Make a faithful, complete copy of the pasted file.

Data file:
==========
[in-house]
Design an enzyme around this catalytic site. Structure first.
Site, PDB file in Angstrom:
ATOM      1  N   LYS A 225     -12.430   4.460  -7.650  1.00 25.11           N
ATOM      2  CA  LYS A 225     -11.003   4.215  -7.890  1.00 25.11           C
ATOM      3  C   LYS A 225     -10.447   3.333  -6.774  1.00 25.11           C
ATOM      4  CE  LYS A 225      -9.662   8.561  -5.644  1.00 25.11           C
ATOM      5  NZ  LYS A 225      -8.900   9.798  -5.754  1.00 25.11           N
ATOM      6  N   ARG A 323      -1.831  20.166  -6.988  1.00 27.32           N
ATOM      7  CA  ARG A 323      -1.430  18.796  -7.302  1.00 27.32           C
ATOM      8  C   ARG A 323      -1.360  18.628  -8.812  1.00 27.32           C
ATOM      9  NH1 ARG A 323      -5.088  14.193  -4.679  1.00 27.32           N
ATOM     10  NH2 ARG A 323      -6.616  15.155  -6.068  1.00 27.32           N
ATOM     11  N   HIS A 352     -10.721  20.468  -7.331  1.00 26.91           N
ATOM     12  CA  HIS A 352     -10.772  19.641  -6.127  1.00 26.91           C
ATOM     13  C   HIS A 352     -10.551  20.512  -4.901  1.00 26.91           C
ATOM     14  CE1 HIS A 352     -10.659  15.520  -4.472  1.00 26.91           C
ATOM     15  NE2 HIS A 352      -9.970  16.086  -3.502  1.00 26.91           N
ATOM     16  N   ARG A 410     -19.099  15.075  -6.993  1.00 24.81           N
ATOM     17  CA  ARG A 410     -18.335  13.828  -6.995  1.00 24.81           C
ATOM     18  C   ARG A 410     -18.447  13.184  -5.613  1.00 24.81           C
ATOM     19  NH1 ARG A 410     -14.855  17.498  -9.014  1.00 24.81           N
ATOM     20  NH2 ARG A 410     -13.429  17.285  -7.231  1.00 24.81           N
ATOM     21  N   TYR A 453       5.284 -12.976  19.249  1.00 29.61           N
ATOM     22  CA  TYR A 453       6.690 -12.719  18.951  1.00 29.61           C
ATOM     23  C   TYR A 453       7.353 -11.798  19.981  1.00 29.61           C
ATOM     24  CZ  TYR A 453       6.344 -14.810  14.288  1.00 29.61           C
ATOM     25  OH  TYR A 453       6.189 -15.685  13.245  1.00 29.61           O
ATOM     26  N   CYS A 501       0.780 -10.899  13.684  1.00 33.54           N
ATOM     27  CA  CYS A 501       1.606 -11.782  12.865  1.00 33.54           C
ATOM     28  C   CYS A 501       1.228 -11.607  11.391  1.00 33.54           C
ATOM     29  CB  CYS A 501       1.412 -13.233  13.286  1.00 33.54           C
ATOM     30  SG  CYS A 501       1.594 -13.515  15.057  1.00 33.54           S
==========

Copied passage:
[in-house]
Design an enzyme around this catalytic site. Structure first.
Site, PDB file in Angstrom:
ATOM      1  N   LYS A 225     -12.430   4.460  -7.650  1.00 25.11           N
ATOM      2  CA  LYS A 225     -11.003   4.215  -7.890  1.00 25.11           C
ATOM      3  C   LYS A 225     -10.447   3.333  -6.774  1.00 25.11           C
ATOM      4  CE  LYS A 225      -9.662   8.561  -5.644  1.00 25.11           C
ATOM      5  NZ  LYS A 225      -8.900   9.798  -5.754  1.00 25.11           N
ATOM      6  N   ARG A 323      -1.831  20.166  -6.988  1.00 27.32           N
ATOM      7  CA  ARG A 323      -1.430  18.796  -7.302  1.00 27.32           C
ATOM      8  C   ARG A 323      -1.360  18.628  -8.812  1.00 27.32           C
ATOM      9  NH1 ARG A 323      -5.088  14.193  -4.679  1.00 27.32           N
ATOM     10  NH2 ARG A 323      -6.616  15.155  -6.068  1.00 27.32           N
ATOM     11  N   HIS A 352     -10.721  20.468  -7.331  1.00 26.91           N
ATOM     12  CA  HIS A 352     -10.772  19.641  -6.127  1.00 26.91           C
ATOM     13  C   HIS A 352     -10.551  20.512  -4.901  1.00 26.91           C
ATOM     14  CE1 HIS A 352     -10.659  15.520  -4.472  1.00 26.91           C
ATOM     15  NE2 HIS A 352      -9.970  16.086  -3.502  1.00 26.91           N
ATOM     16  N   ARG A 410     -19.099  15.075  -6.993  1.00 24.81           N
ATOM     17  CA  ARG A 410     -18.335  13.828  -6.995  1.00 24.81           C
ATOM     18  C   ARG A 410     -18.447  13.184  -5.613  1.00 24.81           C
ATOM     19  NH1 ARG A 410     -14.855  17.498  -9.014  1.00 24.81           N
ATOM     20  NH2 ARG A 410     -13.429  17.285  -7.231  1.00 24.81           N
ATOM     21  N   TYR A 453       5.284 -12.976  19.249  1.00 29.61           N
ATOM     22  CA  TYR A 453       6.690 -12.719  18.951  1.00 29.61           C
ATOM     23  C   TYR A 453       7.353 -11.798  19.981  1.00 29.61           C
ATOM     24  CZ  TYR A 453       6.344 -14.810  14.288  1.00 29.61           C
ATOM     25  OH  TYR A 453       6.189 -15.685  13.245  1.00 29.61           O
ATOM     26  N   CYS A 501       0.780 -10.899  13.684  1.00 33.54           N
ATOM     27  CA  CYS A 501       1.606 -11.782  12.865  1.00 33.54           C
ATOM     28  C   CYS A 501       1.228 -11.607  11.391  1.00 33.54           C
ATOM     29  CB  CYS A 501       1.412 -13.233  13.286  1.00 33.54           C
ATOM     30  SG  CYS A 501       1.594 -13.515  15.057  1.00 33.54           S